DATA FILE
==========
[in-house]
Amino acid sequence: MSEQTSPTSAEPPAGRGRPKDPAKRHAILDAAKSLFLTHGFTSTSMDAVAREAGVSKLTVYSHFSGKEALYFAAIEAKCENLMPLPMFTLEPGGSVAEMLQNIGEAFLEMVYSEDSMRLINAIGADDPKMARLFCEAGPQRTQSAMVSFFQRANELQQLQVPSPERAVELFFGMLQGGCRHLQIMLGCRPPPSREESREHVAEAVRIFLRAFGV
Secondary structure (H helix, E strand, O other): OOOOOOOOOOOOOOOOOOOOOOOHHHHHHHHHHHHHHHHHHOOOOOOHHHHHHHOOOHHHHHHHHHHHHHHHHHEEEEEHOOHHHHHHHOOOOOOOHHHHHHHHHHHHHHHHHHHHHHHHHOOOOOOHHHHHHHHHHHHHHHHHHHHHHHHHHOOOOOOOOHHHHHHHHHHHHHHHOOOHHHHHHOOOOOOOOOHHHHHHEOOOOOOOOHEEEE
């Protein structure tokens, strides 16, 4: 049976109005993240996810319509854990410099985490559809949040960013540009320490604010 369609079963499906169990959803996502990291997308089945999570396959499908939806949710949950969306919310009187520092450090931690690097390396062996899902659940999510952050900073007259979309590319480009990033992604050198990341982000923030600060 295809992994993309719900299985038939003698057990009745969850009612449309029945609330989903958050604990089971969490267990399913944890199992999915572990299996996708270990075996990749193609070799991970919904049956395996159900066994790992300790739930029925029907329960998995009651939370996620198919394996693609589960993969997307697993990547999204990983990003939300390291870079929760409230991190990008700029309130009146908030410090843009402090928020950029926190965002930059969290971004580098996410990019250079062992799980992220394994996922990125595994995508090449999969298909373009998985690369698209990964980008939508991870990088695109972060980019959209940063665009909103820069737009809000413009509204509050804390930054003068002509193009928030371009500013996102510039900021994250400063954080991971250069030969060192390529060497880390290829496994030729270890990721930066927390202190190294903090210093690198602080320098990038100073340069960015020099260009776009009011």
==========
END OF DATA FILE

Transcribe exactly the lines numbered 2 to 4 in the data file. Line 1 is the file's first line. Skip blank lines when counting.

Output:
Amino acid sequence: MSEQTSPTSAEPPAGRGRPKDPAKRHAILDAAKSLFLTHGFTSTSMDAVAREAGVSKLTVYSHFSGKEALYFAAIEAKCENLMPLPMFTLEPGGSVAEMLQNIGEAFLEMVYSEDSMRLINAIGADDPKMARLFCEAGPQRTQSAMVSFFQRANELQQLQVPSPERAVELFFGMLQGGCRHLQIMLGCRPPPSREESREHVAEAVRIFLRAFGV
Secondary structure (H helix, E strand, O other): OOOOOOOOOOOOOOOOOOOOOOOHHHHHHHHHHHHHHHHHHOOOOOOHHHHHHHOOOHHHHHHHHHHHHHHHHHEEEEEHOOHHHHHHHOOOOOOOHHHHHHHHHHHHHHHHHHHHHHHHHOOOOOOHHHHHHHHHHHHHHHHHHHHHHHHHHOOOOOOOOHHHHHHHHHHHHHHHOOOHHHHHHOOOOOOOOOHHHHHHEOOOOOOOOHEEEE
């Protein structure tokens, strides 16, 4: 049976109005993240996810319509854990410099985490559809949040960013540009320490604010 369609079963499906169990959803996502990291997308089945999570396959499908939806949710949950969306919310009187520092450090931690690097390396062996899902659940999510952050900073007259979309590319480009990033992604050198990341982000923030600060 295809992994993309719900299985038939003698057990009745969850009612449309029945609330989903958050604990089971969490267990399913944890199992999915572990299996996708270990075996990749193609070799991970919904049956395996159900066994790992300790739930029925029907329960998995009651939370996620198919394996693609589960993969997307697993990547999204990983990003939300390291870079929760409230991190990008700029309130009146908030410090843009402090928020950029926190965002930059969290971004580098996410990019250079062992799980992220394994996922990125595994995508090449999969298909373009998985690369698209990964980008939508991870990088695109972060980019959209940063665009909103820069737009809000413009509204509050804390930054003068002509193009928030371009500013996102510039900021994250400063954080991971250069030969060192390529060497880390290829496994030729270890990721930066927390202190190294903090210093690198602080320098990038100073340069960015020099260009776009009011």